It is at this point that it is necessary for me to introduce Co-management. Co-management is one of the main ways that organisations attach their existing Configuration Manager to the Microsoft 365 cloud. Co-manager is a product that is designed to simultaneously manage your Windows 10 devices with both Configuration Manager and Intune, giving you the power to choose which policy/app workloads should be managed by which product. The End Point Manager admin centre is the place where you can see which devices are managed by either Intune or Config Manager, and is also the centralised location through which all of your policy and device management can be carried out.

What kind of things can be done using Endpoint Manager…

Now that the high-level concept of Endpoint Manager is in place, I thought it would be good for me to give you some ideas of how Circle Cloud have used the product to improve the ways in which I customers manage their devices.

  1. Microsoft AutoPilot

Onboarding new computers for existing and new employees can be time consuming if not done correctly. In a cloud environment where people expect to work remotely, it seems old fashioned to have to setup a computer for each person manually, or attend the office to have an image applied to a machine. Windows Autopilot allows the automation of building new computers to your organisation’s specification directly over the internet. Here is an example of what Circle Cloud have used this tool for when supporting our customers:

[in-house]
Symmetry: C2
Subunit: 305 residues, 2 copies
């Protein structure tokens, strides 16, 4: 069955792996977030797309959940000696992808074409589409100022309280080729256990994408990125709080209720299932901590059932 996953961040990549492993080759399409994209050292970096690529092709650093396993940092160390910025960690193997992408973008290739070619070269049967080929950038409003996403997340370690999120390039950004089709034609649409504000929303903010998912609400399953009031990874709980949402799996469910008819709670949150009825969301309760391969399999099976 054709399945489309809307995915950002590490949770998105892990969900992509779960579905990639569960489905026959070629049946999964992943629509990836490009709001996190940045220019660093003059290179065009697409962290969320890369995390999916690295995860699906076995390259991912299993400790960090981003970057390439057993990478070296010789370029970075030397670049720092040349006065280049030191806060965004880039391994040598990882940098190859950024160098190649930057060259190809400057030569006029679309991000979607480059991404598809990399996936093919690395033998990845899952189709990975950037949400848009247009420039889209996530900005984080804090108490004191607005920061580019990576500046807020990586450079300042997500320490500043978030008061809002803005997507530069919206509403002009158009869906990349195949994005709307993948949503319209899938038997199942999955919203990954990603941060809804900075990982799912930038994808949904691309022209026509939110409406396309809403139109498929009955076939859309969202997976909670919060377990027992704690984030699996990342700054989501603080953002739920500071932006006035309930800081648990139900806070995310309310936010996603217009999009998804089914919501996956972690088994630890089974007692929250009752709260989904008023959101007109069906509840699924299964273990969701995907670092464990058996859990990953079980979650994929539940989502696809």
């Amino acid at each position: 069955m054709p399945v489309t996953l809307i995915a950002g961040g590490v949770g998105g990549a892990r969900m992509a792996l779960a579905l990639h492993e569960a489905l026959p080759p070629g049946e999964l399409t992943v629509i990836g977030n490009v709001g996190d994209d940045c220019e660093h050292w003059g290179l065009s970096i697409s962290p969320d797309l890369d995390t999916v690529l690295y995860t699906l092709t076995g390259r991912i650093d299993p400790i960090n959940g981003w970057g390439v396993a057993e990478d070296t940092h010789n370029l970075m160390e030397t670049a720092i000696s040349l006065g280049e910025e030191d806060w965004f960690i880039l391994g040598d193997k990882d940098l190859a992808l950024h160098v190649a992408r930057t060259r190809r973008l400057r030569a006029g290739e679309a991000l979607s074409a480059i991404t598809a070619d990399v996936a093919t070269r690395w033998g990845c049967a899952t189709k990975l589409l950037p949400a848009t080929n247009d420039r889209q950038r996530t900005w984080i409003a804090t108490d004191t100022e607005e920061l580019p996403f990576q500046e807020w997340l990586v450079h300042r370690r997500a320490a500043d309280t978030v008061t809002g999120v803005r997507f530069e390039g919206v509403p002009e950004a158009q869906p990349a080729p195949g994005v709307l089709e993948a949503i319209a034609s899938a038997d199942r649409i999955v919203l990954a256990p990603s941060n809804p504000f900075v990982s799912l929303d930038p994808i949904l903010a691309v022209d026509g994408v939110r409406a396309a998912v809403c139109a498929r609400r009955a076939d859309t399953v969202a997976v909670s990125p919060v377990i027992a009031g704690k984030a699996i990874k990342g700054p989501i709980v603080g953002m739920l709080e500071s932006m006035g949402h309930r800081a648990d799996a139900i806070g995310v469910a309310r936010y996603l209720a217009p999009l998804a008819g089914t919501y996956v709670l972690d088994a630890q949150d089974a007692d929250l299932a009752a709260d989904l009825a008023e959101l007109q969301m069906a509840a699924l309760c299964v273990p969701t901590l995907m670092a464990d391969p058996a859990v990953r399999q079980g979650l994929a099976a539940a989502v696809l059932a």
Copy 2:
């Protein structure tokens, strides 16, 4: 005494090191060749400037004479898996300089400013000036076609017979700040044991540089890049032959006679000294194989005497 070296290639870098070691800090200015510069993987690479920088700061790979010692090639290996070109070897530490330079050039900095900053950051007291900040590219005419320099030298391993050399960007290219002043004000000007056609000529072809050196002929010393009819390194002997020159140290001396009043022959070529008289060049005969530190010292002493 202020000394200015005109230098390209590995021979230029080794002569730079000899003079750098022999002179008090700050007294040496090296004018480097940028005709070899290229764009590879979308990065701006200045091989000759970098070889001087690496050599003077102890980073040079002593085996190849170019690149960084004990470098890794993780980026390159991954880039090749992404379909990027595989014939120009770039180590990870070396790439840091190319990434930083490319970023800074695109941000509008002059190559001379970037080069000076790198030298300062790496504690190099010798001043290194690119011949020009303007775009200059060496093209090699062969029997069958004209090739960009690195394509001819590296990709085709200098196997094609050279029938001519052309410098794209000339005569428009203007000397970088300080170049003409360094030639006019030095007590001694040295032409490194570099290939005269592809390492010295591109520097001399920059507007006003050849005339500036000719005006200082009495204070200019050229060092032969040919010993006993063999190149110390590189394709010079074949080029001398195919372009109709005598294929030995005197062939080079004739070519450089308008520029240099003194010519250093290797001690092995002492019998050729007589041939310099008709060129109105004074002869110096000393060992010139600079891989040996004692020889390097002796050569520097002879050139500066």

• Automatically sets up a user’s computer over the internet, including connecting the device to your Microsoft 365 or Active Directory domain
  • Ensure new starters are onboarded efficiently
  • Automatically install software that is appropriate for the specific user upon setup
  • Configure Office, Outlook and Teams for the user upon first logon

 

  1. Microsoft Intune

Once your organisation’s devices are enrolled in Intune, they receive your rules and settings using the central policies that you’ve created. At a time when increased employee mobility brings new security challenges, it’s important to ensure that we have control over mobile devices through which company information is accessed.

When creating a device compliance policy for your organisation, you can define the security standards a device must meet before being able to install Outlook, Office and Teams such as:

  • Device must be encrypted
  • Device must have a pin code set (meeting complexity requirements)
  • Device must change pin code on a specified time interval (e.g. six months)
  • Device cannot be jail broken or rooted
  • Device must have a screen lock applied after ‘x’ amount of minutes, preventing a lost device being picked up and left open for somebody to view and extract information.

Intune also give you the ability to wipe the device or specific Office applications of company data either when a device is lost, or an employee leaves the business.

Final Remarks…

Hopefully this blog post has given you an idea of what Microsoft Endpoint Manager is, as well as what it is designed to achieve. At a time when it is important for our workforces to be mobile, it is equally important that we find new ways of meeting the security challenges posed by new ways of working. Cloud-based management of our end user devices give us so many options as to how we can maintain robust security measures, without compromising on the mobility our workforces require to function.

If you would like to speak to one of our team about Microsoft Endpoint Manager, please get in touch!